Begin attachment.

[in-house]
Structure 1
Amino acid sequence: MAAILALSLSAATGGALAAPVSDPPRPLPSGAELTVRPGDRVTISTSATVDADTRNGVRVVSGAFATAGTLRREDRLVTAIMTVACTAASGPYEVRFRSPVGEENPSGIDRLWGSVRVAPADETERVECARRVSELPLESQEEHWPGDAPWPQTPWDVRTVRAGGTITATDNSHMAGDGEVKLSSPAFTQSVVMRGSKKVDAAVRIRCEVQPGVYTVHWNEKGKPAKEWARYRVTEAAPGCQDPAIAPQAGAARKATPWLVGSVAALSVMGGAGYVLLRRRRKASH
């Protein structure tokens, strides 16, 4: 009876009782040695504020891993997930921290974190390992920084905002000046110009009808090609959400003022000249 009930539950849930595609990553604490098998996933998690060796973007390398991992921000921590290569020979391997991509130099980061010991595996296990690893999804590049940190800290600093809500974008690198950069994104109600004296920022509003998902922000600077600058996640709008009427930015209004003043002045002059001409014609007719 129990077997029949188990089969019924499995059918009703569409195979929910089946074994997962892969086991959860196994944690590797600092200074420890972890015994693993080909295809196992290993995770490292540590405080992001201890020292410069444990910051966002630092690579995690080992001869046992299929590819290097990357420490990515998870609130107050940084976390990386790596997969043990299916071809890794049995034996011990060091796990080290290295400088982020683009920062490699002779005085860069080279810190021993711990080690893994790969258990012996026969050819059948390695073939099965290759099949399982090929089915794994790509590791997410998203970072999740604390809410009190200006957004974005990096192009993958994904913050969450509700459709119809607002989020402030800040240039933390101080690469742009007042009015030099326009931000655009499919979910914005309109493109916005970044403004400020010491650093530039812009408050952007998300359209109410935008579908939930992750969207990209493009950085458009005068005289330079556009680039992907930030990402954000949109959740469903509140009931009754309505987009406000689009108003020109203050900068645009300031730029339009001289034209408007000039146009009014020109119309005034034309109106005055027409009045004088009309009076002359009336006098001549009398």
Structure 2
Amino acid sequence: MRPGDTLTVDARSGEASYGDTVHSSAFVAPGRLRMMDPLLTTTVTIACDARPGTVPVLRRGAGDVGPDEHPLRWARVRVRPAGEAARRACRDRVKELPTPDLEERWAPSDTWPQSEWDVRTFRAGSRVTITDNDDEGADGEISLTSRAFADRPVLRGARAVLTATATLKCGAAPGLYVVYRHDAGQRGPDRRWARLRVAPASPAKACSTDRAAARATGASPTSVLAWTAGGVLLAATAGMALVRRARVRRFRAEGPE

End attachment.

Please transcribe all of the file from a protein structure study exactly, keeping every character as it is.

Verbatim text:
[in-house]
Structure 1
Amino acid sequence: MAAILALSLSAATGGALAAPVSDPPRPLPSGAELTVRPGDRVTISTSATVDADTRNGVRVVSGAFATAGTLRREDRLVTAIMTVACTAASGPYEVRFRSPVGEENPSGIDRLWGSVRVAPADETERVECARRVSELPLESQEEHWPGDAPWPQTPWDVRTVRAGGTITATDNSHMAGDGEVKLSSPAFTQSVVMRGSKKVDAAVRIRCEVQPGVYTVHWNEKGKPAKEWARYRVTEAAPGCQDPAIAPQAGAARKATPWLVGSVAALSVMGGAGYVLLRRRRKASH
């Protein structure tokens, strides 16, 4: 009876009782040695504020891993997930921290974190390992920084905002000046110009009808090609959400003022000249 009930539950849930595609990553604490098998996933998690060796973007390398991992921000921590290569020979391997991509130099980061010991595996296990690893999804590049940190800290600093809500974008690198950069994104109600004296920022509003998902922000600077600058996640709008009427930015209004003043002045002059001409014609007719 129990077997029949188990089969019924499995059918009703569409195979929910089946074994997962892969086991959860196994944690590797600092200074420890972890015994693993080909295809196992290993995770490292540590405080992001201890020292410069444990910051966002630092690579995690080992001869046992299929590819290097990357420490990515998870609130107050940084976390990386790596997969043990299916071809890794049995034996011990060091796990080290290295400088982020683009920062490699002779005085860069080279810190021993711990080690893994790969258990012996026969050819059948390695073939099965290759099949399982090929089915794994790509590791997410998203970072999740604390809410009190200006957004974005990096192009993958994904913050969450509700459709119809607002989020402030800040240039933390101080690469742009007042009015030099326009931000655009499919979910914005309109493109916005970044403004400020010491650093530039812009408050952007998300359209109410935008579908939930992750969207990209493009950085458009005068005289330079556009680039992907930030990402954000949109959740469903509140009931009754309505987009406000689009108003020109203050900068645009300031730029339009001289034209408007000039146009009014020109119309005034034309109106005055027409009045004088009309009076002359009336006098001549009398």
Structure 2
Amino acid sequence: MRPGDTLTVDARSGEASYGDTVHSSAFVAPGRLRMMDPLLTTTVTIACDARPGTVPVLRRGAGDVGPDEHPLRWARVRVRPAGEAARRACRDRVKELPTPDLEERWAPSDTWPQSEWDVRTFRAGSRVTITDNDDEGADGEISLTSRAFADRPVLRGARAVLTATATLKCGAAPGLYVVYRHDAGQRGPDRRWARLRVAPASPAKACSTDRAAARATGASPTSVLAWTAGGVLLAATAGMALVRRARVRRFRAEGPE